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foliage of the stately oaks from which these relics of the storm depend; all else speaks of tranquility; not a breath of air, no restlessness of insects, and not a moving object perceptible, except the clouds gliding in the depth of the lake, or the traveller passing along, an inverted image, whose motion seems governed by the quiet of a time to which its archetype, the living person, is perhaps insensible; or it may happen that the figure of one of the larger birds—a raven or a heron—is crossing silently among the reflected clouds, while the voice of the real bird, from thc clcmcnt alost, gently awakens in the spectator the recollection of appetites and instincts, pursuits and occupations, that deform and agitate the world, yet have no power to prevent Nature from putting on an aspect capable of satisfying the most intense cravings for the tranquil, the lovely, and the perfect, to which man, the noblest of her creatures, is subject.”

His description of the Cumbrian cottages—

“Clustered like stars some few, but single most, .
And lurking dimly in their shy retreats,
Or glancing on each other cheerful looks,
Like separated stars with clouds between—”

is exceedingly happy. “The dwelling-houses and contiguous outhouses are, in many instances, of the colour of the native rock, out . of which they have been built; but frequently the dwelling or fire-house, as it is ordinarily called, has been distinguished from the barn or byre by rough-cast and whitewash, which, as the inhabitants are not hasty in

renewing it, in a few years acquires, by the influence of weather, a tint at once sober and variegated. As these houses have been, from father to son, inhabited by persons engaged in the same occupations, yet necessarily with changes in their circumstances, they have received without incongruity additions and accommodations adapted to the needs of each successive occupant, who, being for the most part proprietor, was at liberty to follow his own fancy; so that these humble dwellings remind the contemplative spectator of a production of Nature, and may (using a strong cypression) rather be said to have grown than to have been erected—to have risen, by an instinct of their own, out of the native rock—so little is there of formality, such is their wildness and beauty. Among the numerous recesses and projections in the walls, and in the different stages of their roofs, are seen bold and harmonious effects of contrasted sunshine and shadow. It is a favourable circumstance that the strong winds which sweep down the valleys induced the inhabitants, at a time when the materials for building were easily procured, to furnish many of these dwellings with substantial porches; and such as have not this defence are seldom unprovided with a projection of two large slates over their thresholds. Nor will the singular beauty of the chimneys escape the eye of the attentive traveller. Sometimes a low chimney, almost upon a level with the roof, is overlaid with a slate, supported upon four slender pillars, to prevent the wind from driving the smoke down the chimney. Others are of a quadrangular shape, rising one or two feet above the roof; which low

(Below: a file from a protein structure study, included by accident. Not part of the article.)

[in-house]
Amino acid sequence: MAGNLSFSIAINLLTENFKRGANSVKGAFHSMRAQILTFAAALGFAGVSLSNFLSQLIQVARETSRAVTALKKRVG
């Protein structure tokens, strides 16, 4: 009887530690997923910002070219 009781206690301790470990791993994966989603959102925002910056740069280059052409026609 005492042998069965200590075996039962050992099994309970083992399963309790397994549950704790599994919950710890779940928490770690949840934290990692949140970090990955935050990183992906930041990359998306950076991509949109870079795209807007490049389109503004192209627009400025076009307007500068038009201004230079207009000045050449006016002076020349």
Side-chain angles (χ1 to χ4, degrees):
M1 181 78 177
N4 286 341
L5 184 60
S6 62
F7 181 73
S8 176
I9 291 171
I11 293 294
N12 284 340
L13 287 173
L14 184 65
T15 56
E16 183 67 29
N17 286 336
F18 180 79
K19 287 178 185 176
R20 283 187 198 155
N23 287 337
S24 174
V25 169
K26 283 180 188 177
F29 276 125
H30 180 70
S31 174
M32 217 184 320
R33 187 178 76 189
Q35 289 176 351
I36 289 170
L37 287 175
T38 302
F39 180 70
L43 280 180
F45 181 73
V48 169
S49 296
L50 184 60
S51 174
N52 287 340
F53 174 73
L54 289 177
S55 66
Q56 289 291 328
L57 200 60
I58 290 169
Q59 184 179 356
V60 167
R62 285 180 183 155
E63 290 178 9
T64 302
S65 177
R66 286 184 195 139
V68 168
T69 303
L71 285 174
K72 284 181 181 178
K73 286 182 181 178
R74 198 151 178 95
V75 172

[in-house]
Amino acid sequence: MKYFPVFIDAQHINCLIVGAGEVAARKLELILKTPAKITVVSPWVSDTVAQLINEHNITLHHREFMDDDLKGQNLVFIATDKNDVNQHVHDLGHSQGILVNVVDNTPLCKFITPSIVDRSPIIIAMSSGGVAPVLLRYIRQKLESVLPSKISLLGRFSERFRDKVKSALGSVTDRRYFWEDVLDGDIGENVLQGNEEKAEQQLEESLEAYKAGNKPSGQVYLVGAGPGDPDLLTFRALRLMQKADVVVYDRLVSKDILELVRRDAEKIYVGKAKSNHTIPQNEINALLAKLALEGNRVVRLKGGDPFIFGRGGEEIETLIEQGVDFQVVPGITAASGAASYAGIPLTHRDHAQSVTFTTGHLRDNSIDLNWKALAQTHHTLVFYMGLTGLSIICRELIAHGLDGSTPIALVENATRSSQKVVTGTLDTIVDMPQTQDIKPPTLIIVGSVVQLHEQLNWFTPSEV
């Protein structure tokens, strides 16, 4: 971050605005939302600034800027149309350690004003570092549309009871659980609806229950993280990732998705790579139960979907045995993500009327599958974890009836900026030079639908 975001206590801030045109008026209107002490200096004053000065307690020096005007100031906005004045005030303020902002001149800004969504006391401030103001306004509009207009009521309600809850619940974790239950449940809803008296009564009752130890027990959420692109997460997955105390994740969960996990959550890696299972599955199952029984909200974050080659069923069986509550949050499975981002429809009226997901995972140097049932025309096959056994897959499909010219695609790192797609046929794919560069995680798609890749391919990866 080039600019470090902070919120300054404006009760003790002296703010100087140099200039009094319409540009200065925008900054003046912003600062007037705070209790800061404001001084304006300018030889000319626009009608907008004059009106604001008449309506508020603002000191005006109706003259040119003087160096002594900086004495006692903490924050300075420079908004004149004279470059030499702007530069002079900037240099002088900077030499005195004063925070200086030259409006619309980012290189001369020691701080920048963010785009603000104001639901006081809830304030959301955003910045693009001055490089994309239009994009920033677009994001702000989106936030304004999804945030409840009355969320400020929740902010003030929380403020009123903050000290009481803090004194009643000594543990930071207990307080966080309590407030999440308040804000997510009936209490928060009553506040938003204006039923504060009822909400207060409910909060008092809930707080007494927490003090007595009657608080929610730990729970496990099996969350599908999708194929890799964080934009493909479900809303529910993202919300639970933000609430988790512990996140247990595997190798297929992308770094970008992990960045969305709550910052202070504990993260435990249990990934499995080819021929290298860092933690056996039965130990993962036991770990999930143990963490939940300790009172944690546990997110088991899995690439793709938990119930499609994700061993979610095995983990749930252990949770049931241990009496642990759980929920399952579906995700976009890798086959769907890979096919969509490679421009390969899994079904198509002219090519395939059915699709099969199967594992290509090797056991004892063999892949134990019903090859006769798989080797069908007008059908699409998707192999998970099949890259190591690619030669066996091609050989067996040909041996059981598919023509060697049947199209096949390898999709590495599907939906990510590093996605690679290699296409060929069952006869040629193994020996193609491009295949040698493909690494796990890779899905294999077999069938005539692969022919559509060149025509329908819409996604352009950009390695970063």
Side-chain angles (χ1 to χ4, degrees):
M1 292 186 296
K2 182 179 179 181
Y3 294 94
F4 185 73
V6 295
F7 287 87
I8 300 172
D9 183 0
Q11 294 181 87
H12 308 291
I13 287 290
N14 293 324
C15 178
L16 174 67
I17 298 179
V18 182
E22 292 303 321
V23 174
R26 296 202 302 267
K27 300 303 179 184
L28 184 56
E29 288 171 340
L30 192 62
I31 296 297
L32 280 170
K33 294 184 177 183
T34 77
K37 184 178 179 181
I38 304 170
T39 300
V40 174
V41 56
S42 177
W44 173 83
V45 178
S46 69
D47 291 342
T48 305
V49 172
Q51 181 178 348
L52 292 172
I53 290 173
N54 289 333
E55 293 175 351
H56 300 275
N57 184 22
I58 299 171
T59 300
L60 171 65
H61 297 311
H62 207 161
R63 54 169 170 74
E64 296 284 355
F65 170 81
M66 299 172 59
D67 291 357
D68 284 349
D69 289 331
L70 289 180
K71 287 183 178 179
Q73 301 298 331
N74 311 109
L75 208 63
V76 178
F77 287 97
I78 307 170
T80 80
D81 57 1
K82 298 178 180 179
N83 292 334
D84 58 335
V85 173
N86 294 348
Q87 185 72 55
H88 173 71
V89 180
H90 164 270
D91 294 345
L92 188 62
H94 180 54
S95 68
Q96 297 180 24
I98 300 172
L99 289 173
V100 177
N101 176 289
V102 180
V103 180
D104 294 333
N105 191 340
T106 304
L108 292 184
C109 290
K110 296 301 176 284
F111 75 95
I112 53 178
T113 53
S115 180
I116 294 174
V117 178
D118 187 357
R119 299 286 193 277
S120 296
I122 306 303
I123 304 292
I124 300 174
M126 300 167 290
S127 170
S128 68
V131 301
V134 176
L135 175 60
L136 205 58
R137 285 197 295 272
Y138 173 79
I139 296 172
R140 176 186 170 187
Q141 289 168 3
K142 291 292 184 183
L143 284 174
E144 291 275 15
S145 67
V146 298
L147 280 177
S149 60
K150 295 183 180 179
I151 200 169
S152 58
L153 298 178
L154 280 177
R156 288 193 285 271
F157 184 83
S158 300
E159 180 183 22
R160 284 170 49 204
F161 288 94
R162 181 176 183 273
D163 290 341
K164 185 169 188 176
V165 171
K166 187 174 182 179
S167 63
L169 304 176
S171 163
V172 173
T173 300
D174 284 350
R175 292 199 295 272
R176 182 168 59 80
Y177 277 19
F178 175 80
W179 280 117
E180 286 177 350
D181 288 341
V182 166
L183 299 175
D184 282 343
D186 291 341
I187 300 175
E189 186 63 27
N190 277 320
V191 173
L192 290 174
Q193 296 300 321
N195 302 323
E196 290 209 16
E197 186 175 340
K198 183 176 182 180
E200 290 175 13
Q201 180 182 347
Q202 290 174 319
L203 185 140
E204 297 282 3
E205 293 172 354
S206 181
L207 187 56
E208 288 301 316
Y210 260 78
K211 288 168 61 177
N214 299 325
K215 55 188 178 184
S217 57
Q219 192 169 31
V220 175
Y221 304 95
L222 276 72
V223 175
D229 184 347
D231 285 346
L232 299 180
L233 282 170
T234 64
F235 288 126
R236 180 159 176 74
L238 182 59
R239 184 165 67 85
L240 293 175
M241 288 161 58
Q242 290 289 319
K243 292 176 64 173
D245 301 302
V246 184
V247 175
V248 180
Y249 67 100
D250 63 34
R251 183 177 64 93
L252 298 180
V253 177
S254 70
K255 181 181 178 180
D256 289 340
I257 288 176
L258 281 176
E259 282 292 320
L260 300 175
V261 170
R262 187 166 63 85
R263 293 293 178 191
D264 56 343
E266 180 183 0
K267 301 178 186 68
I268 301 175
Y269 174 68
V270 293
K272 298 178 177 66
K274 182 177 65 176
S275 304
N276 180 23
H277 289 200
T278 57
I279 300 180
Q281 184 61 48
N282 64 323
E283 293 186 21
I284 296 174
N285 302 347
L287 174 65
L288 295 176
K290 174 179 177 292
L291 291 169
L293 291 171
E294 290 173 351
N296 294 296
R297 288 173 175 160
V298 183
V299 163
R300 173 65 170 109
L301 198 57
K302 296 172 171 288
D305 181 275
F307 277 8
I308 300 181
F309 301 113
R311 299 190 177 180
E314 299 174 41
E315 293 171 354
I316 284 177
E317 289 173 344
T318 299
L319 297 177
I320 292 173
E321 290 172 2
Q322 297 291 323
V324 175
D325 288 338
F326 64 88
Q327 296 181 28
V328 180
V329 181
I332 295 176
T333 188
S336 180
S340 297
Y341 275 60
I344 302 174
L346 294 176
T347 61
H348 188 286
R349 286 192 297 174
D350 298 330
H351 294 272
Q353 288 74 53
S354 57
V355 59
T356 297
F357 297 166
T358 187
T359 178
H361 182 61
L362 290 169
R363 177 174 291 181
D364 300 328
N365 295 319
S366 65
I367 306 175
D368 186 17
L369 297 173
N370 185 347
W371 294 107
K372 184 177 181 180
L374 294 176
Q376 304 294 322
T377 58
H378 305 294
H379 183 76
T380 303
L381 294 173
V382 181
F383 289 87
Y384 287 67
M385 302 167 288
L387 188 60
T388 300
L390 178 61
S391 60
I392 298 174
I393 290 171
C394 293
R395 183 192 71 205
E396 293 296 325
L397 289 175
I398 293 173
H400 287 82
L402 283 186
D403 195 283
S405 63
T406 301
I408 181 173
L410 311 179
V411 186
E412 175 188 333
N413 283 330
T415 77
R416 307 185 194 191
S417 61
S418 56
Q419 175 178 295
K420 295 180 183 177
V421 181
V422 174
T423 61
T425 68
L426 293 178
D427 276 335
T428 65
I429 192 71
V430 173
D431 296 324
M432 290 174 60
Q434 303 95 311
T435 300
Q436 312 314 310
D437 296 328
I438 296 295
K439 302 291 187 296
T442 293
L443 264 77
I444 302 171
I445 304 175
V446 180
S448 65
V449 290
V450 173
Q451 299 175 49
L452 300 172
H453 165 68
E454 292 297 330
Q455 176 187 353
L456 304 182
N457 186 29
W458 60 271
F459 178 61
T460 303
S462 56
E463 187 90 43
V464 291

square is often surmounted by a tall cylinder, giving to the cottage chimney the most beautiful shape in which

it is ever seen. Nor will it be too fanciful or

refined to remark that there is a pleasing harmony between a tall chimney of this circular form, and the living column of smoke, ascending from it through the still air. These dwellings, mostly built, as has been said, of rough unhewn stone, are roofed with slates,

which were rudely taken from the quarry before the